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How to break the stigma around addiction

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Written by Karen Pontious

Addiction has been given a label based on widespread misinformation and judgments. The resulting stigma causes us to wrongfully make assumptions about ourselves and those who suffer from addiction.

T.V. shows constantly depict the “wine mom” as a social norm, and we glamorize alcohol and drug consumption – until addiction joins the party.

This embedded stigma around addiction within our society needs to be addressed so we can have a more supportive community for those impacted by addiction.

Addiction Stigma: What are examples of stigma?

Stigma is defined as a mark of disgrace associated with a particular circumstance, person or quality. Our society stigmatizes people who abuse alcohol or drugs and deems them as “morally flawed” or “weak.”

The stigma of addiction causes prejudice, exclusion and discrimination, creating isolating and unhealthy environment for people looking to get support.

Examples of stigma:

In a 2014 study by researchers at John Hopkins Bloomberg School of Public Health found that people tended to have negative feelings towards individuals with substance use disorders.

  • 64 per cent believed employers should be able to refuse employment to people with addiction.

  • 43 per cent opposed giving those with substance use disorders the same health insurance benefits offered to everyone else.

These are just a few examples of how prevalent addiction stigma is in our society, and why we need to come together to break the stigma.

Why is addiction stigmatized?

Issues around mental health have been ignored and stigmatized for years in Western society. Even though we now have better access to health care and resources, stigma remains rooted in our culture.

Drug abuse is the most stigmatized disorder in the world, with alcohol abuse following as the fourth most stigmatized.

The association of substance use with criminal behaviour further stigmatizes addiction disorders. Addiction is often considered a choice rather than a disorder, so people often believe addicts choose to be addicts. This misunderstanding of addiction is what isolates people suffering with addiction.

Language: Addiction-stigmatizing words

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Many words surrounding addiction are stigmatizing. The way we use language influences our understanding of things and forms either a positive or negative connotation. How we refer to people with a substance use disorder can impact people’s judgments or feelings towards them.

How does stigma affect people’s lives?

Stigma as a barrier to substance treatment

This stigma prevents us from getting to the root of why people suffer from addiction and makes society believe you should never make a mistake. This is an unrealistic belief and causes a greater problem for those who are starting to struggle with substance abuse.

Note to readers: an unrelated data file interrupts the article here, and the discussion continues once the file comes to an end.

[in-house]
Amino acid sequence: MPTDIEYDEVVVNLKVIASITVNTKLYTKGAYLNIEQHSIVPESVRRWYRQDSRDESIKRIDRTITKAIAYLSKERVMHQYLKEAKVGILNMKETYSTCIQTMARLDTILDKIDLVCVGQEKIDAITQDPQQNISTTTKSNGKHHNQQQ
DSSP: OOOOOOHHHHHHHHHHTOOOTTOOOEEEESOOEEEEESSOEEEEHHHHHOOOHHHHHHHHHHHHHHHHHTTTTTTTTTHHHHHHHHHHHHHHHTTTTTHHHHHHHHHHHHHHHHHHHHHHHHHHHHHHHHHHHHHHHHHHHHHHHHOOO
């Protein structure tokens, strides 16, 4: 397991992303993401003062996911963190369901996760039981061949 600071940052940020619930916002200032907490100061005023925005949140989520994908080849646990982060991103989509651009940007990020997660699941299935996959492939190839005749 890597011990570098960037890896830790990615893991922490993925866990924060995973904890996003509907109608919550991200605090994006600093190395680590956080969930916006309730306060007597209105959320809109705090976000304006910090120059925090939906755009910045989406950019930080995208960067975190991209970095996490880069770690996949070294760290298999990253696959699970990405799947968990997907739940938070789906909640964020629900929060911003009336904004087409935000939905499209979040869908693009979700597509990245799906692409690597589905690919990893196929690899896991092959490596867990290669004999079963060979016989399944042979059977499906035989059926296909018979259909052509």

Since addiction is stigmatized, a person with addiction becomes ashamed of themselves and may cause them to hide their addiction and prevent them from seeking the help that they need. The more we publicly vilify addiction and associate addiction as simply a moral defect or a crime, the more we become part of the problem.

 

Who is stigmatized most?

When it comes to addiction, some groups of people are stigmatized more than others:

  • Women (especially those who are pregnant or with children)
  • People using illegal drugs
  • Indigenous Peoples
  • People of lower socio-economic class

How can we combat stigma?

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Overcoming the stigma of addiction won’t happen overnight. But here are some suggestions for things you can do to stop addiction stigma to help build a more inclusive society:

Get informed and spread the message

  • Find credible resources on addiction, treatment and recovery
  • Join groups on social media.
  • Share any information on your social media and with your friends and family to create a more conscious community

 Tell your addiction story and get involved

  • People resonate with authentic stories. If you are someone recovering from addiction and feel comfortable telling your story, it could motivate and inspire others to either seek help or support those in need.
  • Get involved in the community and join any events or talks on the topic to build more connections. The more people supporting this cause the faster we can end addiction stigma.

 

Let’s stop addiction stigma

People who deal with addiction come from all walks of life. They are parents, youth, co-workers, neighbours, family and friends. The only reason our society shames addiction is because we don’t openly discuss how common and human this experience is.

Stigma can destroy self-esteem and relationships, make it harder to access treatment, jobs and housing, and leads to discrimination and isolation.

- Health Canada, 2018

By getting informed and educating our community we can work together to end addiction stigma.

Karen Portious

Karen Pontious is a professional communicator working on her dream to be a freelance writer and editor. She is currently completing a summer placement with Avalon Recovery Society.

Her passion is intercultural relations and communication. She writes about relationships, immigration stories, gender norms, and mental health.

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